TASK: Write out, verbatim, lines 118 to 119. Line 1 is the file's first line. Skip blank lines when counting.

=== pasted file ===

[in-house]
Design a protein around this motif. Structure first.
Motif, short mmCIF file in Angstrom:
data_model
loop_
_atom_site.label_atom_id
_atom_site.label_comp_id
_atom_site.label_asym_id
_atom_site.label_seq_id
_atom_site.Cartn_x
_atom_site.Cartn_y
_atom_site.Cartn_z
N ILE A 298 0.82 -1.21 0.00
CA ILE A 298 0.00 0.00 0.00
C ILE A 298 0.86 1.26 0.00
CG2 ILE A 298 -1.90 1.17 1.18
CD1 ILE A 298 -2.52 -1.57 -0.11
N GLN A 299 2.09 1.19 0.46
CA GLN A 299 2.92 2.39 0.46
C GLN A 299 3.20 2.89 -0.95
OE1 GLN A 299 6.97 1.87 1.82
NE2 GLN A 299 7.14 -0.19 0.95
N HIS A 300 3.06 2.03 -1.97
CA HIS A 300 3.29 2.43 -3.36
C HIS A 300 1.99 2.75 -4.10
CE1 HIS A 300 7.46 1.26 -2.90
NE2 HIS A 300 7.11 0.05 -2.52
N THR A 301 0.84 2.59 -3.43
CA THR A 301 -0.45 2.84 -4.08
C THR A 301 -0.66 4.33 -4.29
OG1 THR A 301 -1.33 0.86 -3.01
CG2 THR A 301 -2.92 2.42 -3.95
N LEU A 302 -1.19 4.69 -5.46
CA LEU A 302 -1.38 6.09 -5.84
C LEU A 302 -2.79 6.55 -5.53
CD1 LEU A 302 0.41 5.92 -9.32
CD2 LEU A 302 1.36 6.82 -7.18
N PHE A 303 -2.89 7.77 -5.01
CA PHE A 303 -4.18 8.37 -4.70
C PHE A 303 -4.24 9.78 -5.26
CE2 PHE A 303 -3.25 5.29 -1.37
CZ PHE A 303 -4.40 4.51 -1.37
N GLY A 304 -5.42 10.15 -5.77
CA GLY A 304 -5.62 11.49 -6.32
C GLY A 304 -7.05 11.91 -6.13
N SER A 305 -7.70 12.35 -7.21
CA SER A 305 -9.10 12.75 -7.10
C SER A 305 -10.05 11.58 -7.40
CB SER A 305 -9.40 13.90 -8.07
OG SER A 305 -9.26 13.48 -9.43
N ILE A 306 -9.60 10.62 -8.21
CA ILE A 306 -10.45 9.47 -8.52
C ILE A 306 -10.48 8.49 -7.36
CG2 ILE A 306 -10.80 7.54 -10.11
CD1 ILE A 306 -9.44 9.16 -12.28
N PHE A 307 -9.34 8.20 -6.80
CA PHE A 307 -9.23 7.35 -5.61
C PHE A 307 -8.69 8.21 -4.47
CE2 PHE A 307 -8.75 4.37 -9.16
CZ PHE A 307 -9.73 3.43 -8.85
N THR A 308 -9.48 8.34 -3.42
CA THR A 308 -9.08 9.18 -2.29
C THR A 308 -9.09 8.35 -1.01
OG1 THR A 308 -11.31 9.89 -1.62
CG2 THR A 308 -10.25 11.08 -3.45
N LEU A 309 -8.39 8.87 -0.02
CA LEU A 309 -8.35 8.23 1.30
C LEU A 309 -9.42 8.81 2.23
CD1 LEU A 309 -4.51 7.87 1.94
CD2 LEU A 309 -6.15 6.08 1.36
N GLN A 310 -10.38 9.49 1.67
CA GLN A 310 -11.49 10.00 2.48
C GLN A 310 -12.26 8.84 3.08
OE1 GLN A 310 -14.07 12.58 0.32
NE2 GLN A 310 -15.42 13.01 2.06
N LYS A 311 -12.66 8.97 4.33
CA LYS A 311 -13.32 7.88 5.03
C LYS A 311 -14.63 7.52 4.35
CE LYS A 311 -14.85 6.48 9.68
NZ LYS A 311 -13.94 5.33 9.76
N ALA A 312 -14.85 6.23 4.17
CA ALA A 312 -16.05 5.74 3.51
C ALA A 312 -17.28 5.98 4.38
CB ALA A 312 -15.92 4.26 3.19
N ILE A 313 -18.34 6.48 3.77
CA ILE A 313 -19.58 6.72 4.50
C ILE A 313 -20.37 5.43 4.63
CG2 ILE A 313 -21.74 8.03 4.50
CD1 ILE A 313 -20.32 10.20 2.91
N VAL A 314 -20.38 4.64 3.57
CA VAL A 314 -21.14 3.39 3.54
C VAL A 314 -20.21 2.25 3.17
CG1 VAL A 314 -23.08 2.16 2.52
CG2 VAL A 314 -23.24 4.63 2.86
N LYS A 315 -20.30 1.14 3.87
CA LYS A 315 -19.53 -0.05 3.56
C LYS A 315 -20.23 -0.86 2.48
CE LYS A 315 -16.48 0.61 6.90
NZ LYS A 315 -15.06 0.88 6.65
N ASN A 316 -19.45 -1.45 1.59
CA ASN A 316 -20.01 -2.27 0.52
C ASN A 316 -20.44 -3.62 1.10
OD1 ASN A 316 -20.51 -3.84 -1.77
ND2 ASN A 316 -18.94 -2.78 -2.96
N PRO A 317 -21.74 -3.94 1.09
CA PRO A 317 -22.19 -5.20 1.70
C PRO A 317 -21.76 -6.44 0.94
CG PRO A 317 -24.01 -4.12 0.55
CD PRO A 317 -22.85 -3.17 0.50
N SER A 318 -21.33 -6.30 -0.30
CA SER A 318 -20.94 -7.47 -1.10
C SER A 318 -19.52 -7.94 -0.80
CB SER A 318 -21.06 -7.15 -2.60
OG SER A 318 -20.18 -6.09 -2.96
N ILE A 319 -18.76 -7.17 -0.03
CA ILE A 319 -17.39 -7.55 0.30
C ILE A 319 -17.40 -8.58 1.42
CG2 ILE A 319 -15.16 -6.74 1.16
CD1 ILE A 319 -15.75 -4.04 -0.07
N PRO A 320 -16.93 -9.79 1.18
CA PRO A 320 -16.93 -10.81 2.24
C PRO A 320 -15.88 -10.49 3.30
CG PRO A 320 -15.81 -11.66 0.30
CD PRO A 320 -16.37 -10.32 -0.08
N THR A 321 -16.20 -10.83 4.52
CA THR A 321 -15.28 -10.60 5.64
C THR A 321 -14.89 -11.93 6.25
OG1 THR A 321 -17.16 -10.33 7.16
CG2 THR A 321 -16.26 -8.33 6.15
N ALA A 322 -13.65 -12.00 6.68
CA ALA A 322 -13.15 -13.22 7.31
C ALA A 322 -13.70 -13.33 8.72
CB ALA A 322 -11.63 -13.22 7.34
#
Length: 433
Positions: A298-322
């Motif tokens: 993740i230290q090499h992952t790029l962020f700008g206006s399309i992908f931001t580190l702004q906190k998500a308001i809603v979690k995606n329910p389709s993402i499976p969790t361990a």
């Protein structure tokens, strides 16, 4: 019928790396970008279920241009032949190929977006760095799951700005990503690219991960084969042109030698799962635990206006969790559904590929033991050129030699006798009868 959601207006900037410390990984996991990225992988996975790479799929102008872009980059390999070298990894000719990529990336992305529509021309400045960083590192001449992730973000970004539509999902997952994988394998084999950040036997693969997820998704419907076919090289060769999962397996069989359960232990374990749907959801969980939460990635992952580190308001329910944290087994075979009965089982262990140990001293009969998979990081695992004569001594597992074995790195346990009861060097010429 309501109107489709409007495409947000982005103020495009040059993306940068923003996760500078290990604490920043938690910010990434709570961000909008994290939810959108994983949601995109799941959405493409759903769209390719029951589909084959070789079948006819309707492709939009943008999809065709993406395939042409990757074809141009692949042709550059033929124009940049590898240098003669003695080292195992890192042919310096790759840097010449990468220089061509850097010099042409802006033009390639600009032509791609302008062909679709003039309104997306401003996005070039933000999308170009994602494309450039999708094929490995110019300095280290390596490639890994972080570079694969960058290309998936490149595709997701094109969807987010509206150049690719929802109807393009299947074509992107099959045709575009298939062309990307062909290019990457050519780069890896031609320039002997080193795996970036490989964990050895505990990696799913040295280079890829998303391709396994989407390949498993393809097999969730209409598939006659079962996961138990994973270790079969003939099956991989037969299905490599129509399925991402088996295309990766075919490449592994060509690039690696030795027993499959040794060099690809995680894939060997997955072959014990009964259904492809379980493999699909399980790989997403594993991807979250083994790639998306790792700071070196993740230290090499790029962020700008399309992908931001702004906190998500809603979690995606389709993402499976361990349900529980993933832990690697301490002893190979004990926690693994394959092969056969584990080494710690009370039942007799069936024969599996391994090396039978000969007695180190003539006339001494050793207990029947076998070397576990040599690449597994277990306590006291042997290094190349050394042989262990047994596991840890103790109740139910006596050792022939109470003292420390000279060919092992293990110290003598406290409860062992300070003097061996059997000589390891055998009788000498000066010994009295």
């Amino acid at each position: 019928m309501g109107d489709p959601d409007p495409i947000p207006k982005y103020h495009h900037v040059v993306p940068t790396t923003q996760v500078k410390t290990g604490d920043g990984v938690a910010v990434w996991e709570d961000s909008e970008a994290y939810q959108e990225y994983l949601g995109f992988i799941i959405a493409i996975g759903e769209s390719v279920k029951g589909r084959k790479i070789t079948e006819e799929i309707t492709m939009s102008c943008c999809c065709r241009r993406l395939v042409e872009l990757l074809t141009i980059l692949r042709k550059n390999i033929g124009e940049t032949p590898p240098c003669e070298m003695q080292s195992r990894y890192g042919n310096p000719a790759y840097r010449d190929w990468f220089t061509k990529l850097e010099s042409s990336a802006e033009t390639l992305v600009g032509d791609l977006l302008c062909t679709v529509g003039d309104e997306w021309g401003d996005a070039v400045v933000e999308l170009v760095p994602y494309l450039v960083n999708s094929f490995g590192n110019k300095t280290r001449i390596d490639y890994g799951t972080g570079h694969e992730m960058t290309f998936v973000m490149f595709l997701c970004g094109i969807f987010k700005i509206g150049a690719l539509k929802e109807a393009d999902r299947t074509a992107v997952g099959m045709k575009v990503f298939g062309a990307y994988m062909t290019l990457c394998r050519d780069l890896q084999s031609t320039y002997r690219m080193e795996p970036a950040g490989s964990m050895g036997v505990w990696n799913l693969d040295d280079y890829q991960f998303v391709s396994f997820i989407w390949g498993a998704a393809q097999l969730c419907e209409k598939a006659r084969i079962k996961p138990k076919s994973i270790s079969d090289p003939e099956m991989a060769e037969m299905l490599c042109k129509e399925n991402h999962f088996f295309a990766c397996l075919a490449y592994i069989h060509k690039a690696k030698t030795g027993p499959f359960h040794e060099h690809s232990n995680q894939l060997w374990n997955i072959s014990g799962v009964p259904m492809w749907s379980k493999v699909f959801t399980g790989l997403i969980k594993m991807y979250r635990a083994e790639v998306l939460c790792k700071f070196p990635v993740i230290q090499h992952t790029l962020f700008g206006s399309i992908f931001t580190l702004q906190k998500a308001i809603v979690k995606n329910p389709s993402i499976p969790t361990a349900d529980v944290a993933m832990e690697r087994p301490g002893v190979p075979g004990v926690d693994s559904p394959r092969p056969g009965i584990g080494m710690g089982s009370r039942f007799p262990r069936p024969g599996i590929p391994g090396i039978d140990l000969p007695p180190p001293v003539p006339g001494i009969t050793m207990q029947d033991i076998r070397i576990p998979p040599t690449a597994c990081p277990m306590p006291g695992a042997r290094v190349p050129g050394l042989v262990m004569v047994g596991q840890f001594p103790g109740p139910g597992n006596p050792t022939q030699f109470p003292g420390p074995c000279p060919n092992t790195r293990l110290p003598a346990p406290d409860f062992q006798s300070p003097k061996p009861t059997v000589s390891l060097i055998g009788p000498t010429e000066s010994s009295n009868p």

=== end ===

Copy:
CG2 ILE A 319 -15.16 -6.74 1.16
CD1 ILE A 319 -15.75 -4.04 -0.07